A tourist on my own turf

We should all act like strangers in familiar territory now and then. I tried it the other day when I joined a Maine Foodie Tour. It was a 2-½ hour culinary walking tour around Portland, eating as you go. A little history, a little lore, and a lot of foodie facts.

I loved it, but (and I’m a little ashamed to admit this) it took me awhile to loosen up and have fun.  Here’s why:  I had to keep my mouth shut.

My natural inclination was to make sure everyone in the group knew that I knew just as much as the tour guide. (Fat chance!) Out of courtesy, I refrained from pointing out all the really hot foodie spots she was bypassing (Hugo’s! Bard Coffee! Standard Baking!) and instead, I listened. And that’s when it got good.

By listening, I found out why Wharf Street is called Wharf Street, so far from the wharves. And where the lobsterman statue came from. And which Maine-made cheeses took first prize in national competitions (City of Ships, Hahn’s End). And how you measure a Maine lobster to make sure it’s a legal catch. I looked through my familiar surroundings through stranger’s eyes and liked what I saw (and really liked what I ate). And let’s face it, if you stopped at every foodie spot in Portland, it would take 24 hours, not 2 ½.

So I recommend it. Any tour will do…Duck Boat anyone?  But if you like food (capped off with a Whoopie Pie from Two Fat Cats), the Maine Foodie Tour has the advantage of letting you walk it off.


First, can you admit to watching Borat, the movie starring Sacha Baron Cohen, and finding it hysterically funny? If so, then you will probably remember my favorite scene, when Borat meets with a “humor coach” to learn how to tell a Not Joke. Timing is everything.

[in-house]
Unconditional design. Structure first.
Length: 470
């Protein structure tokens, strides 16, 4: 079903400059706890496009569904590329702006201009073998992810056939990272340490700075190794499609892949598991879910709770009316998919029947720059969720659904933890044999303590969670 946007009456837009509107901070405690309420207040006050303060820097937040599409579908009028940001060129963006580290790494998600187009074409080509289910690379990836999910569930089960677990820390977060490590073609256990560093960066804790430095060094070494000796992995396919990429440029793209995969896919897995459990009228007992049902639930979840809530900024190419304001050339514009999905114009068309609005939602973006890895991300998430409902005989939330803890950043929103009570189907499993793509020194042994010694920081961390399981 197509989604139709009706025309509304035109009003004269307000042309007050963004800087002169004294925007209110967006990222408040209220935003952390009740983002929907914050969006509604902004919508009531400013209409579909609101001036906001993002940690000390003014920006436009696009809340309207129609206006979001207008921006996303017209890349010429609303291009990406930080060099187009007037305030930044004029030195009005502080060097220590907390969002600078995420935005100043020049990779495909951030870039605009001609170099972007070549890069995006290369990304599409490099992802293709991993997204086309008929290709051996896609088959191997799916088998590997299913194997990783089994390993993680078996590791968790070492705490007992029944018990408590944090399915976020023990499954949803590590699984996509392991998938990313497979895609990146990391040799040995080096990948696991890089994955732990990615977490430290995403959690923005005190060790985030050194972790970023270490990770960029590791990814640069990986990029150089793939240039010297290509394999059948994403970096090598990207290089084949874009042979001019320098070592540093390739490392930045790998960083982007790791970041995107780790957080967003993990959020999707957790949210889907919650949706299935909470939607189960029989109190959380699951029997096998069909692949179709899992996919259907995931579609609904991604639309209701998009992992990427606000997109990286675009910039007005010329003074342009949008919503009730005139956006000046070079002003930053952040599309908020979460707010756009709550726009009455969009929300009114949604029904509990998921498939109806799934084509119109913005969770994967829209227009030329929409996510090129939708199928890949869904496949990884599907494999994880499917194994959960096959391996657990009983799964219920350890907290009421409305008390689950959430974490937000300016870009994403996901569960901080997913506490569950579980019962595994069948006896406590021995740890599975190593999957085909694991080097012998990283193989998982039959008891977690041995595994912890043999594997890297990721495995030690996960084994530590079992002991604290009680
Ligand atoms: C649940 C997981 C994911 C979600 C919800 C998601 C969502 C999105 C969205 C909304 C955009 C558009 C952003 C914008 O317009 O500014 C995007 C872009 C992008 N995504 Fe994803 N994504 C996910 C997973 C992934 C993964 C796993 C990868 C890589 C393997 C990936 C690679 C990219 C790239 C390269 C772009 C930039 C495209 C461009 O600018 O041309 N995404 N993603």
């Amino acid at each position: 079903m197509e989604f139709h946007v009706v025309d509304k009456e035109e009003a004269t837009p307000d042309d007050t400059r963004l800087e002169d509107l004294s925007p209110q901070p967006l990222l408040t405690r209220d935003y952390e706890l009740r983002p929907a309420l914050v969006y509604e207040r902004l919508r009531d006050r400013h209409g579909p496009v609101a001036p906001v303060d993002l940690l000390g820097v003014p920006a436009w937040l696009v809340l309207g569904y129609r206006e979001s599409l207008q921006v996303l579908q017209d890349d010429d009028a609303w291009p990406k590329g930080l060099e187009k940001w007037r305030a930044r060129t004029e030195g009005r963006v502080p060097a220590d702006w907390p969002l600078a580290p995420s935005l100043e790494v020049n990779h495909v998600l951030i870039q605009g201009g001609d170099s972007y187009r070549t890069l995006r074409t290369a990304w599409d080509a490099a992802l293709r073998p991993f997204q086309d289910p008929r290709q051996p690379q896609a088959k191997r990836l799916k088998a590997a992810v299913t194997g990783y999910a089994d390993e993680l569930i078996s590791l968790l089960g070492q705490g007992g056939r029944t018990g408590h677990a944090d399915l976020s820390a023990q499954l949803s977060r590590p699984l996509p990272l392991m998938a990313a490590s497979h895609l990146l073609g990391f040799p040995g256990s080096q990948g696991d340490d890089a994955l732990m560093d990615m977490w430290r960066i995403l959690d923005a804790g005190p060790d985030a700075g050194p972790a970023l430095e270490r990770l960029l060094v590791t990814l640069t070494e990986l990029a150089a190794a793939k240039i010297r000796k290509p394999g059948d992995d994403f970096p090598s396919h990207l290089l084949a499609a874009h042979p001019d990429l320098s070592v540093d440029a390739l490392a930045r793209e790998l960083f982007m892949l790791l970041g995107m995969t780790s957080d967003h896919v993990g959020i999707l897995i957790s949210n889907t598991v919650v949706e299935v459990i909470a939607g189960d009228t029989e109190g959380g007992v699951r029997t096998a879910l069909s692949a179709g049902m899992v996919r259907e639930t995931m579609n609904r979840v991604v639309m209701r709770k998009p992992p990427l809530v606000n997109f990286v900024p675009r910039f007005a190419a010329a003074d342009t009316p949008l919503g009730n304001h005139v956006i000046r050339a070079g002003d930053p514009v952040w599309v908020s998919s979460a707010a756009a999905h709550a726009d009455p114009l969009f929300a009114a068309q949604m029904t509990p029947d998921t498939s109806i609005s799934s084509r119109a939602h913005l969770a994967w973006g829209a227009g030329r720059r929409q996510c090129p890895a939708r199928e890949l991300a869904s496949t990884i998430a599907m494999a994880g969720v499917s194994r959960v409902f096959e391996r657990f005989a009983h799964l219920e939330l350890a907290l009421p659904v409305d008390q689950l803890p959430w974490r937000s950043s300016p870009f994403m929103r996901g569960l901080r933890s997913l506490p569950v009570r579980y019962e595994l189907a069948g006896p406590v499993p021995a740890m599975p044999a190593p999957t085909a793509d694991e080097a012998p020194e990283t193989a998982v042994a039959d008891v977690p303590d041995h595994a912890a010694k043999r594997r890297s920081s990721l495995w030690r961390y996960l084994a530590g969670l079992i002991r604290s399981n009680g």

This scene always comes to mind when I hear someone misuse the word “literally,” which is surprisingly often. For example, overheard recently at a restaurant: “There are literally infinite good choices on this menu.” “Not,” I want to yell. Why do we say “literally,” when we mean just the opposite?  I’ll tell you: because the word “figuratively” is too long and hard to remember…Not.

Shout Out

OK, in the interest of calling attention to ingenious collaborations and creative mash-ups, this is a shameless shout-out to Betsey Swardlick who, with fellow creative Owen Curtsinger, wrote the liner notes to The M Machine, Metropolis, Part 1, recently launched by the electronic dance music group The M Machine. (One-third of which is Ben Swardlick).  The music is amazing and the fact that it is accompanied by a full back-story, plus illustrations, makes it very exciting. Remember when vinyl records came complete with lyrics, session notes, and all kinds of good stuff to read while you were listening? This is like that.

The Food Well

Here’s a little plug for the Food and Wellness Group, a team of marketing professionals (including me) focused on the world of food & nutrition, fruits & veggies, and strategies to get people to eat better. You can check us out by visiting our newly launched FoodandWellnessGroup.com website. As a member of the team, I contribute content as well as posts for The Food Well, the Food and Wellness Group’s blog. My personal angle is the language of the food & nutrition marketing biz. I call my posts “Words of Wellness.”